Fear Death by Water

Tuesday, January 02, 2018


Cascading water from Cheesman Dam’s spillway in Jefferson County, Colorado, 2016. Photograph by Carol M. Highsmith. Library of Congress, Gates Frontiers Fund Colorado Collection within the Carol M. Highsmith Archive.

In December the New York Times profiled the “water consciousness movement,” whose adherents include the man who invented Juicero. In San Francisco, 2.5 gallons of the untreated stuff will set you back nearly $37. Throughout the story, medical professionals were frequently called upon to say that there is no proof that raw water is good for you, and plenty of evidence that this idea is perhaps a bad one.

The founder of Live Water, Mukhande Singh, started selling spring water from Opal Springs in Culver, Ore., three years ago, but it was a small local operation until this year. Marketing materials show Mr. Singh (né Christopher Sanborn) sitting naked and cross-legged on a hot spring, his long brown hair flowing over his chest. Pure water can be obtained by using a reverse osmosis filter, the gold standard of home water treatment, but for Mr. Singh, the goal is not pristine water, per se. “You’re going to get 99 percent of the bad stuff out,” he said. “But now you have dead water.”

He said “real water” should expire after a few months. His does. “It stays most fresh within one lunar cycle of delivery,” he said. “If it sits around too long, it’ll turn green. People don’t even realize that because all their water’s dead, so they never see it turn green.”

Mr. Singh believes that public water has been poisoned. “Tap water? You’re drinking toilet water with birth control drugs in them,” he said. “Chloramine, and on top of that they’re putting in fluoride. Call me a conspiracy theorist, but it’s a mind-control drug that has no benefit to our dental health.” (There is no scientific evidence that fluoride is a mind-control drug, but plenty to show that it aids dental health.)


Le buveur d’eau (detail), by Henri-Charles Guérard, 1884. The New York Public Library, The Miriam and Ira D. Wallach Division of Art, Prints and Photographs.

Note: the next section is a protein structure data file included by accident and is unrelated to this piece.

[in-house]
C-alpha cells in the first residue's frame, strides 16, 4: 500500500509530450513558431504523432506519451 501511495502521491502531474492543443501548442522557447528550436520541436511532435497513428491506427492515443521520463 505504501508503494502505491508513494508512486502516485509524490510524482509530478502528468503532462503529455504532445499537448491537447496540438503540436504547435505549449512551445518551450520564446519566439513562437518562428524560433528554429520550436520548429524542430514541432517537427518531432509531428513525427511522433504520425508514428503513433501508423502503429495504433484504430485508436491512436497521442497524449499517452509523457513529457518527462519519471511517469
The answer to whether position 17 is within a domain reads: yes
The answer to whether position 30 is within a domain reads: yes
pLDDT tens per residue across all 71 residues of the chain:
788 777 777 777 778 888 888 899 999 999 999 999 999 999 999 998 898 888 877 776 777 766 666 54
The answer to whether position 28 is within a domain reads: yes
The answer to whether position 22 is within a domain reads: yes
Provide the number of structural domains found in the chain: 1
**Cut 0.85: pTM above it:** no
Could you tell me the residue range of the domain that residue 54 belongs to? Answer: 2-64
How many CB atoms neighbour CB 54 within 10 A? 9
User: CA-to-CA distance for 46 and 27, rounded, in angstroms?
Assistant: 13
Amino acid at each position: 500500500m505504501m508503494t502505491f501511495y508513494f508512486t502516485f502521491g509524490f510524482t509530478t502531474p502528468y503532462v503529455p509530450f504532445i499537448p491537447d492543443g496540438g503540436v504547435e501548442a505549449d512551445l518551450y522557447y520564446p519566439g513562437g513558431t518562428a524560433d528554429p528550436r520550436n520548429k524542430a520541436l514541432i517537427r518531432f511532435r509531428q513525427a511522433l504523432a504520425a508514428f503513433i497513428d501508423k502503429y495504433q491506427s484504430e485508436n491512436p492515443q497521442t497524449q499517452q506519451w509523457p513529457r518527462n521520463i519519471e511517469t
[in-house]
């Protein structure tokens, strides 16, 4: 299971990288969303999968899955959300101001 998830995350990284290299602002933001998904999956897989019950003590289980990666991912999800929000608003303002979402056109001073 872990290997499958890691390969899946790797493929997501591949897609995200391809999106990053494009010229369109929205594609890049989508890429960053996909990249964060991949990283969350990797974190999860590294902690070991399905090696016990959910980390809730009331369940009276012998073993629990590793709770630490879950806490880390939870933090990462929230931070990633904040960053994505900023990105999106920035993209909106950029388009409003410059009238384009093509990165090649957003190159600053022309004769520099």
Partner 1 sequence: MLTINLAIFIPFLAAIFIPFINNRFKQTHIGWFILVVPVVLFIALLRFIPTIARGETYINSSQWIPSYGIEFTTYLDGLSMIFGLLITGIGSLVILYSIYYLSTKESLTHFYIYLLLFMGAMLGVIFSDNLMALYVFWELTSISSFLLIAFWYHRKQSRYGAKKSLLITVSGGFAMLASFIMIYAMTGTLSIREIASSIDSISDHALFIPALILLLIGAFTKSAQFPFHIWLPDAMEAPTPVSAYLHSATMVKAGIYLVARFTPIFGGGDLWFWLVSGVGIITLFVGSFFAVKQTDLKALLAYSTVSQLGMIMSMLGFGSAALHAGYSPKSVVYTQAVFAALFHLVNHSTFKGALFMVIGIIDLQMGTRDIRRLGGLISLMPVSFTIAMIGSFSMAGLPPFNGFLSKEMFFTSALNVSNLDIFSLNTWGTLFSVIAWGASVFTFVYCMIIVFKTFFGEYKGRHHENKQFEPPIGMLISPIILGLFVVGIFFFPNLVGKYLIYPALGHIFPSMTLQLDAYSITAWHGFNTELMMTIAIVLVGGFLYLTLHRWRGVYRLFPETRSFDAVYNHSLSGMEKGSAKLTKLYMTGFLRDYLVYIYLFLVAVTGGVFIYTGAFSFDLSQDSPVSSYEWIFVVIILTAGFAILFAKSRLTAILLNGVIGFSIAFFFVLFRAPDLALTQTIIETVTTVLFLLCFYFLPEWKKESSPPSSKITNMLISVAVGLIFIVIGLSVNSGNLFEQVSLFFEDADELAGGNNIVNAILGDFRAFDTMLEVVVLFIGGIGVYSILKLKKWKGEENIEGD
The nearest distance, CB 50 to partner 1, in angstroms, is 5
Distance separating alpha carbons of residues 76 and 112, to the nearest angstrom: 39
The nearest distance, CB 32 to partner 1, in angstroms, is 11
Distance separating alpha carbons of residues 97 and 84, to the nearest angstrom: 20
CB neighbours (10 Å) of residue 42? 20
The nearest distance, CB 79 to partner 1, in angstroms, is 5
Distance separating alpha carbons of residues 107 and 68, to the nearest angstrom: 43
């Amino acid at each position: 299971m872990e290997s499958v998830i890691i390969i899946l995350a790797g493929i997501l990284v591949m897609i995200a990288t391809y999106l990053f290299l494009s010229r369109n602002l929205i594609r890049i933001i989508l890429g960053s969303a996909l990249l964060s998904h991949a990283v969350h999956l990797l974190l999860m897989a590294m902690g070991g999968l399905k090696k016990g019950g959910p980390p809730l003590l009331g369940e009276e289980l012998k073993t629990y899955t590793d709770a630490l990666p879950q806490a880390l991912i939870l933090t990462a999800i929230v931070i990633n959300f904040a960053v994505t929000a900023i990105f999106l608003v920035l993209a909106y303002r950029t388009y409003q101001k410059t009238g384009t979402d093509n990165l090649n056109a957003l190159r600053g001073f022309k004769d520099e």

In April 1900 the San Francisco Chronicle profiled the members of the Hundred Years Club in Chicago, whose adherents included a number of senior citizens who pledged to live a century. They offered several tips to readers interested in living an equally long time. Mary Ann Otis doesn’t eat pies or cakes. Horace Yates stays close to good horses, who “exud[e] health-giving vapor from [their] skin.” Fernando Jones added, “I never drink raw water.” Two years later, the Examiner, also in immortality-obsessed San Francisco, interviewed a 106-year-old athlete who gave the same advice. “Of water there are three bad kinds,” he said. “Raw water is an aquarium, boiled water a graveyard, and mineral water fills the body full of lime and other deposits, which ossify the muscles, arteries, and veins, and generally bring on all of the symptoms of old age. Distilled water is the only safe kind to drink.” In 1894 the Austin American-Statesman ran a story that predicted, “Nature sets us great examples, and the time is not far distant when raw water will be a thing of the barbaric past.” From the Chronicle:

Fernando Jones, millionaire real estate man, said: “For one thing, I don’t believe in snoozing in the day time to lengthen life. I never go to bed the same day I get up, but I do get up the same day I go to bed. It is the sluggard who sleeps in the day time. People, I think, sleep too much. Even at my advanced age I find that six or seven hours sleep is sufficient. Another thing, I never drink raw water. I haven’t drunk a pint of raw water in twenty years. I drink most everything else except raw water. Too much stress is put on the necessity for fresh air as being a great life preserver and prolonger. This talk about sleeping with open windows, winter and summer, is a mistake. Even birds, whose brains are small, know that it is wise to put their heads under their wings, protected from fresh air, when they sleep.”